What is the role of massage and acupressure in the treatment of low back pain (LBP)?

Updated: Aug 22, 2018
  • Author: Jasvinder Chawla, MD, MBA; Chief Editor: Stephen A Berman, MD, PhD, MBA  more...
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Answer

Answer

There is strong evidence that massage is effective for nonspecific cLBP and moderate evidence that massage provides both short- and longer term relief of symptoms. There is moderate evidence that acupressure may be better than Swedish massage methods, especially if combined with exercise. Swedish massage shows the same benefit as traditional Thai massage. Massage is beneficial to patients with cLBP in terms of improving symptoms and function. Although massage therapy may appear costly, it ultimately saves money by reducing the need for healthcare provider visits and the use of pain medications and possibly other back care services. The effects of massage are increased when combined with exercise and education, and when the massage is delivered by a licensed therapist. The beneficial effects of massage in cLBP can be long-lasting (at least one year after the end of sessions).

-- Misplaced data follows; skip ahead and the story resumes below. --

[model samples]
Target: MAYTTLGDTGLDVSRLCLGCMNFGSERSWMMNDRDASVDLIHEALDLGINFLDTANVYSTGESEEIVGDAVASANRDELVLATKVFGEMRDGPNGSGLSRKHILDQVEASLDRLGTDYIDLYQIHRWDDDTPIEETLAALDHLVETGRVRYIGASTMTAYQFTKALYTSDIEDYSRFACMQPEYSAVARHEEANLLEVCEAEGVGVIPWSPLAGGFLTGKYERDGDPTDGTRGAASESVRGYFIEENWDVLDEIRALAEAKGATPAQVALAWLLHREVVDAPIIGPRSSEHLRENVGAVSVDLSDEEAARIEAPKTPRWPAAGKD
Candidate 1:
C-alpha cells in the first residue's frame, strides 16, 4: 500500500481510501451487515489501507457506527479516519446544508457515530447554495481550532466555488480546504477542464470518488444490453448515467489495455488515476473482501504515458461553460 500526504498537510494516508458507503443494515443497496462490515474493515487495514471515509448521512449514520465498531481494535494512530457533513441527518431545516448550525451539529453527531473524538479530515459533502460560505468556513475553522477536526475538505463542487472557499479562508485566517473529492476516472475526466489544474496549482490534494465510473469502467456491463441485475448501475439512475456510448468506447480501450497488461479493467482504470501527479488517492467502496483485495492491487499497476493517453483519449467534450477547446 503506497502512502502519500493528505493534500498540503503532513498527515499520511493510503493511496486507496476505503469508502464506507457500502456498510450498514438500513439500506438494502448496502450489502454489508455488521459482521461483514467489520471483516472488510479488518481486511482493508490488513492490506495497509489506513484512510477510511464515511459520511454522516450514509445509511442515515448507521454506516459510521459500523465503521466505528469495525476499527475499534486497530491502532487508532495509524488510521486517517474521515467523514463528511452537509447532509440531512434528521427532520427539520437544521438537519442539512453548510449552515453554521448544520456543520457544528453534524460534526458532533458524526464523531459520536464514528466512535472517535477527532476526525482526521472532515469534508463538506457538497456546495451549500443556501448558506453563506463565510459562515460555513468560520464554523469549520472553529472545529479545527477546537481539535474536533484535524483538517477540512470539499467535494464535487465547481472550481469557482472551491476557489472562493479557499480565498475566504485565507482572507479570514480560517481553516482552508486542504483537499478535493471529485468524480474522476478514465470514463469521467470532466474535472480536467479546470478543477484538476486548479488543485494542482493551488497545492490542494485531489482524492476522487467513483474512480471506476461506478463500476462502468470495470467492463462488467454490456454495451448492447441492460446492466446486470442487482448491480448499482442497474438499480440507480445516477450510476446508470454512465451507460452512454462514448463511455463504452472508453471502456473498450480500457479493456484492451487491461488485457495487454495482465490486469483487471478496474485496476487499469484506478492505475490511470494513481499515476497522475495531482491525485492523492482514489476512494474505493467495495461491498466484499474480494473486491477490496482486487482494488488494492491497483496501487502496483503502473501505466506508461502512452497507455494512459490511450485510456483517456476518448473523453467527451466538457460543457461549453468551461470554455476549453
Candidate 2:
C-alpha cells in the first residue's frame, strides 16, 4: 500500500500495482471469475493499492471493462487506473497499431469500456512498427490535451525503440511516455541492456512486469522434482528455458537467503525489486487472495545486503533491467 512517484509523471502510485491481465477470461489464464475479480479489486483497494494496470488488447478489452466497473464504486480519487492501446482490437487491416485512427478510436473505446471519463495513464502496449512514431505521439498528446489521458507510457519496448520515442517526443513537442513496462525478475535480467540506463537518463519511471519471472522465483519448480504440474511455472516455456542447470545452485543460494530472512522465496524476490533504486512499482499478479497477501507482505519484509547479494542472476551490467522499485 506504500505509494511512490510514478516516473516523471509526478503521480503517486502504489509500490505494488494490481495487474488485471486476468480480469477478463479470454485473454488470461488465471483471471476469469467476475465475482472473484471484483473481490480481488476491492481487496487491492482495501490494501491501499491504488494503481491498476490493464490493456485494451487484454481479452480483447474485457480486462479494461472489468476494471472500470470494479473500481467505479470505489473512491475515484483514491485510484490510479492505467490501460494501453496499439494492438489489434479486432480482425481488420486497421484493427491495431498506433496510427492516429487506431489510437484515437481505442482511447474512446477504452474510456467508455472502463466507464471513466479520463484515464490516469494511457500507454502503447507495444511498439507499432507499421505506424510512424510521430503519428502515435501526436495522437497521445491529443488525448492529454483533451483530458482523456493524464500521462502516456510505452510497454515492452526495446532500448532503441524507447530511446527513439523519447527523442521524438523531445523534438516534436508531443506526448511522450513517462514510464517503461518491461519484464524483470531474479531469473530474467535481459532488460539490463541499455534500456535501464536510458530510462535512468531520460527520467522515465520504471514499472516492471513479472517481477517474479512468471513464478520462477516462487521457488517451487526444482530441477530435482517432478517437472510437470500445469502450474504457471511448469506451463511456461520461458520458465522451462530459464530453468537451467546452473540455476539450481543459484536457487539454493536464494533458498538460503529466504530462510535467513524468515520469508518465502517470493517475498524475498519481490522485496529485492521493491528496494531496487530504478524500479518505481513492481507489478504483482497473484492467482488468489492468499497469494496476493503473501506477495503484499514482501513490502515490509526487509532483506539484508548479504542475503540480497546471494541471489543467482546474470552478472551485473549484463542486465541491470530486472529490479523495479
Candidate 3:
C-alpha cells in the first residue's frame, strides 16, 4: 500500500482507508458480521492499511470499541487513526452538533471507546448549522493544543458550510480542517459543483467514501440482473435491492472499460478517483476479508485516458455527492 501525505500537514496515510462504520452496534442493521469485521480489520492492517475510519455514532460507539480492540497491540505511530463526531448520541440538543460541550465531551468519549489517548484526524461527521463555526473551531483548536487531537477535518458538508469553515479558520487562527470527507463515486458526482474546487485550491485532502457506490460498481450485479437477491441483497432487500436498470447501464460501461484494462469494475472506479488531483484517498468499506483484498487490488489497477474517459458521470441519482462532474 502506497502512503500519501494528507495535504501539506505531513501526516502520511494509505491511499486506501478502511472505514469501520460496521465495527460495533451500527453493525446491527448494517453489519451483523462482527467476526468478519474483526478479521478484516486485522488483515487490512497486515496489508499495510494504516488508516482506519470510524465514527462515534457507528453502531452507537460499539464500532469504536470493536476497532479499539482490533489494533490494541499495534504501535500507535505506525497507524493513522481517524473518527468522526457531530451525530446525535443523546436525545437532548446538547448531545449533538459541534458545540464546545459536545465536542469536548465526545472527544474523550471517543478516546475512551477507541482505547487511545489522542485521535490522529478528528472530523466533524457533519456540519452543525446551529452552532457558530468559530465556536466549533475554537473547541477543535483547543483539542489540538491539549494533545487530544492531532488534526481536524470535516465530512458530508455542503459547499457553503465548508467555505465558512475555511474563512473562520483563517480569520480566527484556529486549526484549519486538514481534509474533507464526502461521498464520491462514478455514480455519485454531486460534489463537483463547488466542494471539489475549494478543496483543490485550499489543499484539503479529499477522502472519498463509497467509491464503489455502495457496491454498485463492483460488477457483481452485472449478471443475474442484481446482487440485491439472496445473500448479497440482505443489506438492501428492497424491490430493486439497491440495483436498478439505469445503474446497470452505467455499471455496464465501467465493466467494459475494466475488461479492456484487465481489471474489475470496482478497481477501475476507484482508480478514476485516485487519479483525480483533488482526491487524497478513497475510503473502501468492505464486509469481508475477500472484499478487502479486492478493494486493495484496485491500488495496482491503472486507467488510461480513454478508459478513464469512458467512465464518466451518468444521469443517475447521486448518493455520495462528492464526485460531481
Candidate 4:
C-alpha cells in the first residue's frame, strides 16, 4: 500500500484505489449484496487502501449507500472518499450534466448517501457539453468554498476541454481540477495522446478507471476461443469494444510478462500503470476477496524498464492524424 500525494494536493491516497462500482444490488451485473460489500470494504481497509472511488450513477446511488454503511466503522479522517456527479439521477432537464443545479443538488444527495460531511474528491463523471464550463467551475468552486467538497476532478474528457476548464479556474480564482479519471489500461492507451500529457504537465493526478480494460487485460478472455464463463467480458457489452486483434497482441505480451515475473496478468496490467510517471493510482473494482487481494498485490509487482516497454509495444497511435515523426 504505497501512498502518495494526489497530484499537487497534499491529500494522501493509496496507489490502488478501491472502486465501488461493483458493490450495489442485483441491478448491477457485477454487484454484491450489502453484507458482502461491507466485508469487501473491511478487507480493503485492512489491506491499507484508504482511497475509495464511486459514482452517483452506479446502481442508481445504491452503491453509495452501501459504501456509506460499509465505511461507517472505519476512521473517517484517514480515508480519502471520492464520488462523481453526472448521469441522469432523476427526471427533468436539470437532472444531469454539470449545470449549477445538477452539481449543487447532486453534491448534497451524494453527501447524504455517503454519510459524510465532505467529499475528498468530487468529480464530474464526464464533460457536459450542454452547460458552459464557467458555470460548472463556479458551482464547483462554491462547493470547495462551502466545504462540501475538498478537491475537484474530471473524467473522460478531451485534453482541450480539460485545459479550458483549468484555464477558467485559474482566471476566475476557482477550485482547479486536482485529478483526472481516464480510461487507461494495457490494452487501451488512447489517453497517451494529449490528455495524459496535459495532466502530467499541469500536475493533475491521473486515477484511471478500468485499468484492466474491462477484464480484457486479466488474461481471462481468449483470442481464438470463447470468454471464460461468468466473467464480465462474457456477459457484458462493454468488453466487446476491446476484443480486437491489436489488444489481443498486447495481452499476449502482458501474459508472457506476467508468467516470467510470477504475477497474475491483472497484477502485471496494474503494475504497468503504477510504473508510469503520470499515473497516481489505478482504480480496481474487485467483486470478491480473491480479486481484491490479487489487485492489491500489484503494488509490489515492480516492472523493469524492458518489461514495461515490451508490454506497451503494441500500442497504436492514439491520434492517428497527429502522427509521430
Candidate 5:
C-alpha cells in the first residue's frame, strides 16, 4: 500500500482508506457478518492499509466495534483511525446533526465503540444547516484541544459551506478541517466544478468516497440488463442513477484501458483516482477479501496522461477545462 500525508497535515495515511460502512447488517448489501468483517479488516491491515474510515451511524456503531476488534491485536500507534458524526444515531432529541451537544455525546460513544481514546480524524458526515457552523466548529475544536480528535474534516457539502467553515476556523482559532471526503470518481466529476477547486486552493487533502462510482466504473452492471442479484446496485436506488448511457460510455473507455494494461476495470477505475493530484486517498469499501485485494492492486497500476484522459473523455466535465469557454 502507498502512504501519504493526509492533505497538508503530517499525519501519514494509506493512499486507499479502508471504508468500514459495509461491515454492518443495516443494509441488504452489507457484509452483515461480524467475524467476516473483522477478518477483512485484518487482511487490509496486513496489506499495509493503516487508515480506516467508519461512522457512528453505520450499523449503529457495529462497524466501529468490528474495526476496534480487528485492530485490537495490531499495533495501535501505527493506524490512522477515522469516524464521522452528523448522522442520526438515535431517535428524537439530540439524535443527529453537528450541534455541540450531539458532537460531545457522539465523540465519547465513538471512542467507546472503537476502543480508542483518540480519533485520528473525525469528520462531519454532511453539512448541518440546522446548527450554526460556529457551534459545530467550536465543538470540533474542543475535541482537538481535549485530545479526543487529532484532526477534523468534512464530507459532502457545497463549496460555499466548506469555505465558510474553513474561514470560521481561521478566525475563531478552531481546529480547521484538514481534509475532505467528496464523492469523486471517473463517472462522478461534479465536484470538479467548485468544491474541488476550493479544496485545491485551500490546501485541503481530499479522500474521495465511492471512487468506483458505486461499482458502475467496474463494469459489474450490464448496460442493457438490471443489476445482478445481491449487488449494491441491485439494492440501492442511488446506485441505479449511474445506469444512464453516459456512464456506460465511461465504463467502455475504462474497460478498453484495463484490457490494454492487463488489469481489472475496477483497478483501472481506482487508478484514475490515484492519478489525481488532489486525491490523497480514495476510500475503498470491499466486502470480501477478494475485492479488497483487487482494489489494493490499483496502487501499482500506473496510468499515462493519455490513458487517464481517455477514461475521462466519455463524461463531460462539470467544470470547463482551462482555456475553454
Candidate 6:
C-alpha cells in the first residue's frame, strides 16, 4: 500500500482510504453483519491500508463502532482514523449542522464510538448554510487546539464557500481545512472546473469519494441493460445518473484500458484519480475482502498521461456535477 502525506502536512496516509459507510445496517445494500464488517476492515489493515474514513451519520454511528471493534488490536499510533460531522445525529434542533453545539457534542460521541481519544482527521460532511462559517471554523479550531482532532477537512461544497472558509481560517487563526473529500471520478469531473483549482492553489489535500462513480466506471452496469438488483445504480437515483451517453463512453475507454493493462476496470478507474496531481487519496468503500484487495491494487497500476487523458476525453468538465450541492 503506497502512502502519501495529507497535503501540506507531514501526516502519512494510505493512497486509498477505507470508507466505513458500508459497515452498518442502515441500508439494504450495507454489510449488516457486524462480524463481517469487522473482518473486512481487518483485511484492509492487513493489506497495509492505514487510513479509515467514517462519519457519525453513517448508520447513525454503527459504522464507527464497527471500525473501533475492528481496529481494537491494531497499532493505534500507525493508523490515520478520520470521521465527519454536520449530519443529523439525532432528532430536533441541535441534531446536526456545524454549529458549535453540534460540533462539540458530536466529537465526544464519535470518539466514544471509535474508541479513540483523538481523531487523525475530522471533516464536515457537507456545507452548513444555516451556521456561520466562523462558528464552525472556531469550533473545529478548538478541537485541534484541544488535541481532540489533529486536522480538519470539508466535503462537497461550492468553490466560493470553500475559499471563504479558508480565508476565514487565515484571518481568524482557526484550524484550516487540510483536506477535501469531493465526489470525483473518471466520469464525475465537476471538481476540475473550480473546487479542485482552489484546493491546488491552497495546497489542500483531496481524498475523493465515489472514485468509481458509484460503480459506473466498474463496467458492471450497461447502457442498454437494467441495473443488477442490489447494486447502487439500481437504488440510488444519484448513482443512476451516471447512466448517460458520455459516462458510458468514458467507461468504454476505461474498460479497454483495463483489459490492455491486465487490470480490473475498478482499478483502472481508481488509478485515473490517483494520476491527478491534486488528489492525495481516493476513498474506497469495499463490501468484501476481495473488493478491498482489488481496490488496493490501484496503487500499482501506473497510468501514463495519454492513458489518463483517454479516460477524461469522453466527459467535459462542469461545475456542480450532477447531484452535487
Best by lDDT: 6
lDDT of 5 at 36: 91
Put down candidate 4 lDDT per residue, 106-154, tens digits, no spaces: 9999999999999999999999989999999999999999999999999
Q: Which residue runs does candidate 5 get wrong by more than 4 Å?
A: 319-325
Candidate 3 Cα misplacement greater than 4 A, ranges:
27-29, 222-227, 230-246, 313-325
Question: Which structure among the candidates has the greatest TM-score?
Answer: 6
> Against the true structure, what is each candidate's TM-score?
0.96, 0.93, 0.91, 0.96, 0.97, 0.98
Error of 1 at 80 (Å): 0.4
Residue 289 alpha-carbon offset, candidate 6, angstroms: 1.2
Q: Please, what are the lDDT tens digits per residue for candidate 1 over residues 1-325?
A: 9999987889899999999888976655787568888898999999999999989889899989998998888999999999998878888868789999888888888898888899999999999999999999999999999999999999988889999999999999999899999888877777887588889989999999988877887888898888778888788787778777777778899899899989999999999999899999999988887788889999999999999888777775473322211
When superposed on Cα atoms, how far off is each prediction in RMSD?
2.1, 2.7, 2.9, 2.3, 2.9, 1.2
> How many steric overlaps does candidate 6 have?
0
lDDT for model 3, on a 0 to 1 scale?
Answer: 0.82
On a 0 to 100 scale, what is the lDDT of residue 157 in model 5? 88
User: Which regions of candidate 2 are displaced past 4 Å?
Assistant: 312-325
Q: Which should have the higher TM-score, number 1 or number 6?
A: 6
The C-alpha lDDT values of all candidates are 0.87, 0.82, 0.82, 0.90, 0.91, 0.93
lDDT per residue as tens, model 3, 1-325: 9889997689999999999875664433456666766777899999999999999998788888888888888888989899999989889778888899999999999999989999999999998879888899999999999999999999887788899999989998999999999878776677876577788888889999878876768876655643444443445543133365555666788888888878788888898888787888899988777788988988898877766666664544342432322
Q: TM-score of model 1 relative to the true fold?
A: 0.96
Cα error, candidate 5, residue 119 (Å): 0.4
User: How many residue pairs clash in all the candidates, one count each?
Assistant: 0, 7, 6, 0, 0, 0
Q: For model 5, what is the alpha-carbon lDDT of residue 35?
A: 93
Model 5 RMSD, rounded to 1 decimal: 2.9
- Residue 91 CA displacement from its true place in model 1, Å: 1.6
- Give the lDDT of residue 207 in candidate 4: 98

Although it does appear that acupressure is better than classic massage, this needs empirical confirmation. Again, more high-quality studies are necessary, including those that measure the cost-effectiveness of outcomes.


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